Research Is Critical Investment in the Future of High Plains Cotton
Research plays a critical part in the ongoing development of any industry and cotton is no exception.
Significant regional differences between cotton production areas in the United States make it virtually impossible for the U.S. cotton industry to implement a ‘one-size-fits-all’ research program that can address the differing needs of cotton producers throughout the U.S.
An important part of the work that Plains Cotton Growers does on behalf of the High Plains cotton producer is interacting with a broad array of cotton researchers to address critical research needs at both regional and Beltwide scales.
Nationally PCG works closely with Cotton Incorporated to help direct important Beltwide research programs in the areas of economics, entomology, engineering and physiology to address common production and management issues. PCG works also with CI to directly identify and fund critical regional cotton research through the CI State Support Program, which returns a portion of the funds collected through the Cotton Research and Promotion Program back to cotton producing states to support locally identified research projects important to growers.
Based on average cotton production levels, the Texas State Support Program funds up to $1,000,000 of cotton specific research within the state of Texas at leading institutions such as the Texas Tech University College of Agricultural Sciences and Natural Resources and Texas A&M University College of Agricultural Sciences and Life Sciences (including Texas AgriLife Research and Texas AgriLife Extension) and the USDA Agricultural Research Service.
One of A Kind – PCIP Is Making A Difference
Closer to home PCG also oversees operation of the Plains Cotton Improvement Program, a one of a kind producer-funded research program that is focused solely on addressing the needs of the High Plains cotton industry and producers. Through the PCIP, High Plains cotton producers support cotton breeding research, variety trials, disease management, entomology and cotton textile performance testing.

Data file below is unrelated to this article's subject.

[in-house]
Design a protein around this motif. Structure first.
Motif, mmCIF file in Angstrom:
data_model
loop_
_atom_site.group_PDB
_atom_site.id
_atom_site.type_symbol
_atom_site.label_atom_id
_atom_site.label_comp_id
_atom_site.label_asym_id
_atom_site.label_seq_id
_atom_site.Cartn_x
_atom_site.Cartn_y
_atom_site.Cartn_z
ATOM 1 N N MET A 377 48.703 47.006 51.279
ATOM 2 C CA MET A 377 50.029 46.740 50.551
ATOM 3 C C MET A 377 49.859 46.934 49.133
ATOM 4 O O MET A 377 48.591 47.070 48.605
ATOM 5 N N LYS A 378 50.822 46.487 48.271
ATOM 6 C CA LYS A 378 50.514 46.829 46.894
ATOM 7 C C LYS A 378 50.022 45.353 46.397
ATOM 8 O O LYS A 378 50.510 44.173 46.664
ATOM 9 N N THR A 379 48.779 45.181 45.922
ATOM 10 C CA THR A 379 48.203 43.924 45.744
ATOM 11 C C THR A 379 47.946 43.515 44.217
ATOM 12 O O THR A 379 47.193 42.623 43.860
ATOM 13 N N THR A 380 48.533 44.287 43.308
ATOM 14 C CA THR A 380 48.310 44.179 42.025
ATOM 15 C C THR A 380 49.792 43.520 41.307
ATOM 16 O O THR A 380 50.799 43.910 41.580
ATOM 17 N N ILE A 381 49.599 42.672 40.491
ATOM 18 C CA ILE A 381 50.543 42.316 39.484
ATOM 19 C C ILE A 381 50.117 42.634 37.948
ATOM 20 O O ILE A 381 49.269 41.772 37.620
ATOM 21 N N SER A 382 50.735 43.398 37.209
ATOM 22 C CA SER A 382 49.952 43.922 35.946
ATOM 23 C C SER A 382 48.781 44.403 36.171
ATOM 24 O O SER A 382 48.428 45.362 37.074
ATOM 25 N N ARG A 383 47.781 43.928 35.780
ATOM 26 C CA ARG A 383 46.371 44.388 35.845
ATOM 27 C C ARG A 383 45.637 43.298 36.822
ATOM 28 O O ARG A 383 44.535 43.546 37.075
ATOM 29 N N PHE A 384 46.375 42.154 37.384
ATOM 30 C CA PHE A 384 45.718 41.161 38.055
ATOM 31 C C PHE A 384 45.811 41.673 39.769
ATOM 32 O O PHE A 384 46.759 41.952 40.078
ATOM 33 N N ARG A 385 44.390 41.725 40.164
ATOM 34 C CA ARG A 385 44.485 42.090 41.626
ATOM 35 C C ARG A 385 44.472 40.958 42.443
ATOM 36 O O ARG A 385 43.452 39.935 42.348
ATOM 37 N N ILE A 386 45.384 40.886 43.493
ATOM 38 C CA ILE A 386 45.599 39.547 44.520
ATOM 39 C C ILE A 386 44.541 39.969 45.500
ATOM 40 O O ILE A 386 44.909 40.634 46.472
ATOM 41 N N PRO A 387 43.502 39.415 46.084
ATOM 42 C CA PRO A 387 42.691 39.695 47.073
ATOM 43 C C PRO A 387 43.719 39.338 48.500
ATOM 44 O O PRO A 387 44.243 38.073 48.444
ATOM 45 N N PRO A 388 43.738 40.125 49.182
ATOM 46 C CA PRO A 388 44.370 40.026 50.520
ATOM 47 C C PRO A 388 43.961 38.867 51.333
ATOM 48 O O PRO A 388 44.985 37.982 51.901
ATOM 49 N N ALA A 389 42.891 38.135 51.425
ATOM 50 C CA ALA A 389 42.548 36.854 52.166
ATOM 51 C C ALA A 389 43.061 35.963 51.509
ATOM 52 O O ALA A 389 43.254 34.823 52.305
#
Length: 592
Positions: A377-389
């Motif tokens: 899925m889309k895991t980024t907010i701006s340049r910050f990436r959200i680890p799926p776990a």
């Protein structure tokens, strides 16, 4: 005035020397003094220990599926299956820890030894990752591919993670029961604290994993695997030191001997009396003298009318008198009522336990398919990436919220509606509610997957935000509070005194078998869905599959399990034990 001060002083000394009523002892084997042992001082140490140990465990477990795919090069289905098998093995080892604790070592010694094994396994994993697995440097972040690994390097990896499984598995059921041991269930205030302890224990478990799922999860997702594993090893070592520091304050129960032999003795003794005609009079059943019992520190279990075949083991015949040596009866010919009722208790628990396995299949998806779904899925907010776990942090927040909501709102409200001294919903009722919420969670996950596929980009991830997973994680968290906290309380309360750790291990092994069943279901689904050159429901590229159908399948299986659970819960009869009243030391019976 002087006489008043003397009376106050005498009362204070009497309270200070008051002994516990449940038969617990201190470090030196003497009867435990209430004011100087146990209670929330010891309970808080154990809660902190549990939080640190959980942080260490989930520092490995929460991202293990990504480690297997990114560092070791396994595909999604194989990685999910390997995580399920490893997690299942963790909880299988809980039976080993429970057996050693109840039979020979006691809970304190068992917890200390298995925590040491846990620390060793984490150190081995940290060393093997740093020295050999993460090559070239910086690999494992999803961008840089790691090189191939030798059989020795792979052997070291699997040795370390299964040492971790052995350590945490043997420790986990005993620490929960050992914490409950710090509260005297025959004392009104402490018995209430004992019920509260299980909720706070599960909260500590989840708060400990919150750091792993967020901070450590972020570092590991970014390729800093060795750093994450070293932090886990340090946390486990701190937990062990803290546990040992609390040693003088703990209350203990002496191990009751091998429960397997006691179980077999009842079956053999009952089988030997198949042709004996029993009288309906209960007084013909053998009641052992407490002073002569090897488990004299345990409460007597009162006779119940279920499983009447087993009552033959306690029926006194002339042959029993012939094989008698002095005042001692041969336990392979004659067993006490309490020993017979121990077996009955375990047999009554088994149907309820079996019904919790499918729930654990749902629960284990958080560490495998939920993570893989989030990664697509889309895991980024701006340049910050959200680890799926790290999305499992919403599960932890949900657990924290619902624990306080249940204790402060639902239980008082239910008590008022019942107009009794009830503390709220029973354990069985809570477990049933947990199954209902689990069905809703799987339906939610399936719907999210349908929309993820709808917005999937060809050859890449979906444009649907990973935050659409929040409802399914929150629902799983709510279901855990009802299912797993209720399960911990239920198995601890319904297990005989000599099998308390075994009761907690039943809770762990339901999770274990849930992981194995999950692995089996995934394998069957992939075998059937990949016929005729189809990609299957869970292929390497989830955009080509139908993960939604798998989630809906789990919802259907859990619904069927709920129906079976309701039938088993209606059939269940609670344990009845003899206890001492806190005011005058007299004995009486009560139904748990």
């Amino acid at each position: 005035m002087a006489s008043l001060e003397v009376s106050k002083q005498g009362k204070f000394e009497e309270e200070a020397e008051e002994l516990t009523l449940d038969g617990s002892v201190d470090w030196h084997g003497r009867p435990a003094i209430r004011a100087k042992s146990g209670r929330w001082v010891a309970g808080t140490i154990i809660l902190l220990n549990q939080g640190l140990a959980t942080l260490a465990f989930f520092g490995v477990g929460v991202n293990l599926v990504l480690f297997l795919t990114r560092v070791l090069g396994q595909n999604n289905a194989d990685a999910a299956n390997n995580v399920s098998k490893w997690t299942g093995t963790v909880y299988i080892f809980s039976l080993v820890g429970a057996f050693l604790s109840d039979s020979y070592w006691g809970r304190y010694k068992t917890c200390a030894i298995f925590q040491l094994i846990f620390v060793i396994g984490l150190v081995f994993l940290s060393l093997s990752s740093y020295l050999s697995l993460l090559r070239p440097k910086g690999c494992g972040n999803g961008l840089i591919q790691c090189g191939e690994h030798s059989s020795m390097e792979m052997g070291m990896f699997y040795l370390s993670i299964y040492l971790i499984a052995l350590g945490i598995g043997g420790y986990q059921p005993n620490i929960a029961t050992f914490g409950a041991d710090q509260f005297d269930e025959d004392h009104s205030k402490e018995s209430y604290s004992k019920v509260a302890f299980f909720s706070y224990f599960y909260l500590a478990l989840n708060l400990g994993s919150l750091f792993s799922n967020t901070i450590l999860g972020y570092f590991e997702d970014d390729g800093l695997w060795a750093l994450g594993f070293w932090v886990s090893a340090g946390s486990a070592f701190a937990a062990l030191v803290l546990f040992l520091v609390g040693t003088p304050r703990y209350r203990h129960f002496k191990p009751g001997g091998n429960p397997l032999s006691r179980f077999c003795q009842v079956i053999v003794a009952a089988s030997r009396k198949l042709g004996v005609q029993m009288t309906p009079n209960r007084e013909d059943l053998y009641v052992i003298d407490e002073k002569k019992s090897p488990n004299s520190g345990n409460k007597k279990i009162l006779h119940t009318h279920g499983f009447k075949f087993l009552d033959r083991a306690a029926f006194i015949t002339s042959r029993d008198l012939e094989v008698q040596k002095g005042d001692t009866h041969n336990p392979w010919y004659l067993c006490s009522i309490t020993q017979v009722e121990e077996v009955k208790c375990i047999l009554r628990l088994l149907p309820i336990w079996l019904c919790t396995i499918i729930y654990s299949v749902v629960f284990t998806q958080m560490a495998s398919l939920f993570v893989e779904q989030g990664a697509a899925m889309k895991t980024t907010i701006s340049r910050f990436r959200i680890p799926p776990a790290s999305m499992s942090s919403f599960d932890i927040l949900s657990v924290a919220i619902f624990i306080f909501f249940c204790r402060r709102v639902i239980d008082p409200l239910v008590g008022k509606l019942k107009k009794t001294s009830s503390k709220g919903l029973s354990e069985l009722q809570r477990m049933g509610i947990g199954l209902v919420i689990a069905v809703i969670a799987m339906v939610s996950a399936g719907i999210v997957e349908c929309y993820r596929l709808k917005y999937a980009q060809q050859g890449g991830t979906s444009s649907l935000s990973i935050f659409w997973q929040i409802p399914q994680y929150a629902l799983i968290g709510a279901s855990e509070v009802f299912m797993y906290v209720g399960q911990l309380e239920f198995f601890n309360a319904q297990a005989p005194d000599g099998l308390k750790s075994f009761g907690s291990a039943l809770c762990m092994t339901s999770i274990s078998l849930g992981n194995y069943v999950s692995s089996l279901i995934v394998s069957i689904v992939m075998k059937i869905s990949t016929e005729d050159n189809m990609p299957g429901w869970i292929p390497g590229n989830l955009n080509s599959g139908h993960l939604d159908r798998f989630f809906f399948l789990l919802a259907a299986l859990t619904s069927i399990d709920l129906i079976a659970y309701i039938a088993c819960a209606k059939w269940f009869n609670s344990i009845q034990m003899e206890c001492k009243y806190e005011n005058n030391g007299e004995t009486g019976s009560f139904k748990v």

Almost 40 years ago, the High Plains of Texas was on the outside looking in when it came to competing for a place at the top of the cotton marketplace. At that time cotton produced in this area was too short, too weak, and too trashy and deemed unsuitable any high-end textile application.
Thanks to forward-thinking industry leaders and a willingness to change the reputation of High Plains cotton the narrative on High Plains cotton has been rewritten and the cotton market landscape is significantly different. Today, cotton produced on the High Plains of Texas is competing head-to-head with cotton produced in other parts of the U.S. and the world thanks to a uniquely West Texas partnership known as the Plains Cotton Improvement Program.
The PCIP was conceived by High Plains cotton industry leaders tired of seeing the area pigeon-holed as the home of junk cotton. Cotton producers and leaders of the region’s warehouse industry joined forces in the early 1980’s to create the PCIP whose initial mission was two-fold – improve the fiber and yield characteristics of High Plains cotton and change the textile industry’s view of High Plains cotton.
The success of the program is evident in the fact that 36 years after its conception, the West Texas cotton crop is considered a primary source of high grade cotton fiber and textile buyers around the world must actively compete to claim their piece of the area’s annual production, which averages around 4 million bales annually.
The PCIP was initiated in 1982 through the cooperative efforts of industry leaders at Plains Cotton Cooperative Association and Farmers Co-op Compress in Lubbock. The following year warehouse leaders asked Plains Cotton Growers, Inc., the region’s certified producer organization, to assume control of the program and provide the administrative and financial oversight necessary to ensure wise use and investment of PCIP funds.
Since 1983 Plains Cotton Growers and the Plains Cotton Improvement Committee have provided administrative and financial oversight for the program. The PCIC is composed of cotton producers who are appointed by and serve at the discretion of the PCG President. In addition to the producer members of the PCIC, an industry advisory committee is also appointed and serves as an invaluable resource to the program by providing research and technical expertise.
Funding for the program comes through a voluntary 10-cent per bale assessment collected by High Plains cotton warehouses. Thanks to the fiscal oversight of the producers charged with directing the program the assessment rate has never increased.
Another ingredient in the PCIP’s recipe for success is the opportunity to work with outstanding and highly respected cotton research scientists. Two of the finest are Dr. Jane Dever, Associate Professor/Cotton Breeder and Dr. Murilo Maeda, Texas AgriLife Extension Cotton Agronomist.
At the PCIP’s inception cotton breeding was the singular focus of the program. The Lubbock cotton breeding program has released more than 400 improved cotton germplasm breeding lines into a cottonseed industry pipeline that has changed tremendously. Over the past 36 years West Texas cotton producers have developed a true sense of ownership in the program and realize big benefits in the field thanks to the use of PCIP developed germplasm in the commercial breeding programs of today.